Last summer, I unplugged from all social media for a couple of weeks. I want to tell you that it was blissfully freeing. I want to admit that I truly engaged my kiddos, right where they were at, and I was present in mind, body and spirit, like…the whole time. I want to confess that I could give up social media in all it’s many forms and never look back and that living my life in private isolation and in contact with only my immediate friends, family and neighbors is enough for me.
But I’d be lying. Society, with it’s heavy technology emphasis and it’s live-streaming connections to everything, has changed me. And I’m not quite sure I would know how to do life or motherhood without that component. Because the truth is, my kids are different kinds of kids than I was too, and technology and social media is a part of our daily life. In fact, last summer in the midst of my ‘unplug,’ I remember asking my mom, ‘What on earth did you do (way back in the 80’s) when I asked you a question and you didn’t know the answer? How did you survive without Google?’ She laughed and then shrugged and said, ‘Well, I suppose I asked my neighbors or my girlfriends or just told you that I didn’t know.’
Hmm. I’ll be honest with you, I don’t think my kids would accept that, because they realize that we could probably find the answer in various places and are often found asking things directly such as, ‘Hey mom can we Google the information for this type of bird?’ They know where to find the answers and it’s not going next door or calling up one of my friends. My mom doesn’t text and she’s vowed never to join Facebook. As a mom in this generation I don’t think that’s an option if I want to be involved in what my kids are doing on social media as they age. Times have changed.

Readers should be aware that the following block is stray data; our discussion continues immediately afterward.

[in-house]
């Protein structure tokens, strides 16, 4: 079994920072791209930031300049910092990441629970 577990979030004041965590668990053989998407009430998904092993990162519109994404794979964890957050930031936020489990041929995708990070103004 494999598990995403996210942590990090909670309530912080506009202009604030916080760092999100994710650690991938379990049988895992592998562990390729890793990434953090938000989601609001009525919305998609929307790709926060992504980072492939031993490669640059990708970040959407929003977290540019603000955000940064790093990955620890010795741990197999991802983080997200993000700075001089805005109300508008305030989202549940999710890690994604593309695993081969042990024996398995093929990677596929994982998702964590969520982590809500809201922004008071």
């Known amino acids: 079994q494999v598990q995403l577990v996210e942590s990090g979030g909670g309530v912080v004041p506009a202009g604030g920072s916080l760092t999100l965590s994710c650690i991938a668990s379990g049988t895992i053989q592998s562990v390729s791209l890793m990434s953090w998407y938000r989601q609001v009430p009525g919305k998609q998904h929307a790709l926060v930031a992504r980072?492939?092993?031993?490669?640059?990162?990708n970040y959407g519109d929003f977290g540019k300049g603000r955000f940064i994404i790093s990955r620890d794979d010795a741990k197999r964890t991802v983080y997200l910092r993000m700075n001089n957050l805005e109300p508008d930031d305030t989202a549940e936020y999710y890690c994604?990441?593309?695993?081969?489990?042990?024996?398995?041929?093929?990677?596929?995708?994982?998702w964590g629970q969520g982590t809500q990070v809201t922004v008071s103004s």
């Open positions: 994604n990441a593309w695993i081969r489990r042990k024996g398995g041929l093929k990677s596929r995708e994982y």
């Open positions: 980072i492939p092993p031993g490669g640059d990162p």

During the period that I was unplugged, I found myself doing great things with my kids, don’t get me wrong. We baked a fabulous rainbow cake, for no reason at all, which was the biggest mom hit ever and you’d better believe I’ll be doing it again. We laughed, and they played, and we did projects for fun, and everyone relaxed way more. In those ways it was awesome and we made some fun memories- but do you want to know the biggest shock for me? I was lonely! I wasn’t on Facebook to find out how that friend’s doctor apt went or how this one was doing with getting her new baby to sleep through the night or how that one was handling her husband being gone for the last three weeks on business, etc. The people I associate with spread their lives out on social media and we tend to keep up with one another’s daily happenings that way. I’ll bet you can relate to that somewhat. When someone unplugs they had better be setting up coffee dates or something to keep up with everyone or else time lapses and you miss out! There’s always ‘picking up the phone.’ But does anyone really do that anymore if they aren’t calling their mother? Replies are optional and though it’s more impersonal than face to face, it’s what we’ve got. I didn’t like NOT being up on what was current in the lives of all my friends. I missed them. I mean, I do know how to do friendship without the aid of social media, of course. During my unplug, I went to a beach with a girlfriend and her kids, we had some people over for BBQ and campfire s’mores, but I really did miss the quick five-minute updates.
I want to be the mom that unplugs and bakes a rainbow cake on a sunny July afternoon just because and maybe that’s the answer for me. When in the spontaneous, fun filled moment of right now, be in that moment with the smartphone ringer turned off or put away. I want to do the things that bring smiles and memories for no special reason and be all there. I want to absorb every word my kiddos say when they hit the door after school and give them all of me. And that social media… well it’s going to be there when my kids have left the nest. I suppose it comes down to balance. Doesn’t it always? Moms in our generation are dealing with a lot. We want it all and we want to do it all well.
So I’m curious. How do you balance social media and parenthood?